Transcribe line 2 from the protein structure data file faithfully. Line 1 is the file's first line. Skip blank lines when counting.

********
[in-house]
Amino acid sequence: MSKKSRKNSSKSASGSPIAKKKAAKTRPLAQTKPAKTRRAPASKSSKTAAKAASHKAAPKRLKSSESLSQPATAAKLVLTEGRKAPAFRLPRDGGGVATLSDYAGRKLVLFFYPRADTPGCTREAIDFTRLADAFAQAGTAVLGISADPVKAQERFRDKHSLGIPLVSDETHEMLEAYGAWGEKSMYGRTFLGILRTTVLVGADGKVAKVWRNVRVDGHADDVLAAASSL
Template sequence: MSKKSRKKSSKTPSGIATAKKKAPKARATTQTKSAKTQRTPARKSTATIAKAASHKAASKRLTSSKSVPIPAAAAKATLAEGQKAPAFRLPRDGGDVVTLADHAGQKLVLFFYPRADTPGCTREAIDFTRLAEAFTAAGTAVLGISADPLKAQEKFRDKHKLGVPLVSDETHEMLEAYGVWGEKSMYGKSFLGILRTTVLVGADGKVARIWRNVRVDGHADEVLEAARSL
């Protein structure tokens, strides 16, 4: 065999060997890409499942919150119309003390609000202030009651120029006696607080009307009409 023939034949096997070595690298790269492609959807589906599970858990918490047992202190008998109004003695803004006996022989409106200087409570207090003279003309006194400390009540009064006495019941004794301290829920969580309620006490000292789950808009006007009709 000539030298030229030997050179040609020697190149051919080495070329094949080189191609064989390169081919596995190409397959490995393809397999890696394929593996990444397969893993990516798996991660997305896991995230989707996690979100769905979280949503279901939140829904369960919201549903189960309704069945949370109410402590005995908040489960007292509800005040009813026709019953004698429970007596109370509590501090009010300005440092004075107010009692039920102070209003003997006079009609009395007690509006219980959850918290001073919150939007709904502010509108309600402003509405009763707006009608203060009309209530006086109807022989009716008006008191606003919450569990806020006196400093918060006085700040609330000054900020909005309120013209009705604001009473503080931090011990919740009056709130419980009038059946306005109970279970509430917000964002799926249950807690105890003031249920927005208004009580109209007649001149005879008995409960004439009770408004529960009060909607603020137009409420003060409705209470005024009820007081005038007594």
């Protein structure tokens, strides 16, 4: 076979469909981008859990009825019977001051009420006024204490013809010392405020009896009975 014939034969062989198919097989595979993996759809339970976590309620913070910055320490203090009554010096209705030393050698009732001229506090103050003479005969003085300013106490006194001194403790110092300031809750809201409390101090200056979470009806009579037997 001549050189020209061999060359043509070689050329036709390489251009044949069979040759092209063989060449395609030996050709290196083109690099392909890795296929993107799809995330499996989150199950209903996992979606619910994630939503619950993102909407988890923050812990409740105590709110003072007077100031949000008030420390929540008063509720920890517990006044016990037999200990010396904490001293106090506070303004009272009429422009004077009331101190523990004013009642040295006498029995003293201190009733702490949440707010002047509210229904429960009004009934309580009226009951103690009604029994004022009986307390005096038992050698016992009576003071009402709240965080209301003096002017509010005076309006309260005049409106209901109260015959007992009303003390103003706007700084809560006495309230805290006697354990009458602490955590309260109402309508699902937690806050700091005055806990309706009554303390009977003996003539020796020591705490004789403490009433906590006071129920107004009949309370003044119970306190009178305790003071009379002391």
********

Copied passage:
Amino acid sequence: MSKKSRKNSSKSASGSPIAKKKAAKTRPLAQTKPAKTRRAPASKSSKTAAKAASHKAAPKRLKSSESLSQPATAAKLVLTEGRKAPAFRLPRDGGGVATLSDYAGRKLVLFFYPRADTPGCTREAIDFTRLADAFAQAGTAVLGISADPVKAQERFRDKHSLGIPLVSDETHEMLEAYGAWGEKSMYGRTFLGILRTTVLVGADGKVAKVWRNVRVDGHADDVLAAASSL